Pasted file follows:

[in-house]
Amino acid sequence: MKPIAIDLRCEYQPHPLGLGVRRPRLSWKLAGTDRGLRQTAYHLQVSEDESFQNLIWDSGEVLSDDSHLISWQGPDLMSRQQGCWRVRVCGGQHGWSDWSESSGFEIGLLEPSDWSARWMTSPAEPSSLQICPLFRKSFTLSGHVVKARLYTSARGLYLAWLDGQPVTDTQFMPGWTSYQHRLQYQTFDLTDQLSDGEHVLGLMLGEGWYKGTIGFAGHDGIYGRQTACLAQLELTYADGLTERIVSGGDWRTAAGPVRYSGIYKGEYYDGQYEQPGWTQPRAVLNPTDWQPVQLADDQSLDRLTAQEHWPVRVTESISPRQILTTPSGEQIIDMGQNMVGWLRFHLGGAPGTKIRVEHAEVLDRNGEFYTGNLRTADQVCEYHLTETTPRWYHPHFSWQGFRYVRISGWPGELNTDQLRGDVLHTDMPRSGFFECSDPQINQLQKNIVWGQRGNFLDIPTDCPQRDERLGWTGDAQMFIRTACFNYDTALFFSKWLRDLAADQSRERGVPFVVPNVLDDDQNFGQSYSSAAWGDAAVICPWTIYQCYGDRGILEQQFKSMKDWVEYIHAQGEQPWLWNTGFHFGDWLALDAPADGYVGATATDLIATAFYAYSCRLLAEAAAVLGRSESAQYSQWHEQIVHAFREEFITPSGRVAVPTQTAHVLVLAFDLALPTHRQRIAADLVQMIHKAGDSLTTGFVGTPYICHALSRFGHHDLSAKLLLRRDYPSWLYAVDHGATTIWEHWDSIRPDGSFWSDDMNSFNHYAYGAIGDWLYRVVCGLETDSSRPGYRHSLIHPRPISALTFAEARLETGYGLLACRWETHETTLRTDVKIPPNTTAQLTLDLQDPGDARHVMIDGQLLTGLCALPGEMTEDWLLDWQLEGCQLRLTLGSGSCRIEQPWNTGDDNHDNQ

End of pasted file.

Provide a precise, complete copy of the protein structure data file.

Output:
[in-house]
Amino acid sequence: MKPIAIDLRCEYQPHPLGLGVRRPRLSWKLAGTDRGLRQTAYHLQVSEDESFQNLIWDSGEVLSDDSHLISWQGPDLMSRQQGCWRVRVCGGQHGWSDWSESSGFEIGLLEPSDWSARWMTSPAEPSSLQICPLFRKSFTLSGHVVKARLYTSARGLYLAWLDGQPVTDTQFMPGWTSYQHRLQYQTFDLTDQLSDGEHVLGLMLGEGWYKGTIGFAGHDGIYGRQTACLAQLELTYADGLTERIVSGGDWRTAAGPVRYSGIYKGEYYDGQYEQPGWTQPRAVLNPTDWQPVQLADDQSLDRLTAQEHWPVRVTESISPRQILTTPSGEQIIDMGQNMVGWLRFHLGGAPGTKIRVEHAEVLDRNGEFYTGNLRTADQVCEYHLTETTPRWYHPHFSWQGFRYVRISGWPGELNTDQLRGDVLHTDMPRSGFFECSDPQINQLQKNIVWGQRGNFLDIPTDCPQRDERLGWTGDAQMFIRTACFNYDTALFFSKWLRDLAADQSRERGVPFVVPNVLDDDQNFGQSYSSAAWGDAAVICPWTIYQCYGDRGILEQQFKSMKDWVEYIHAQGEQPWLWNTGFHFGDWLALDAPADGYVGATATDLIATAFYAYSCRLLAEAAAVLGRSESAQYSQWHEQIVHAFREEFITPSGRVAVPTQTAHVLVLAFDLALPTHRQRIAADLVQMIHKAGDSLTTGFVGTPYICHALSRFGHHDLSAKLLLRRDYPSWLYAVDHGATTIWEHWDSIRPDGSFWSDDMNSFNHYAYGAIGDWLYRVVCGLETDSSRPGYRHSLIHPRPISALTFAEARLETGYGLLACRWETHETTLRTDVKIPPNTTAQLTLDLQDPGDARHVMIDGQLLTGLCALPGEMTEDWLLDWQLEGCQLRLTLGSGSCRIEQPWNTGDDNHDNQ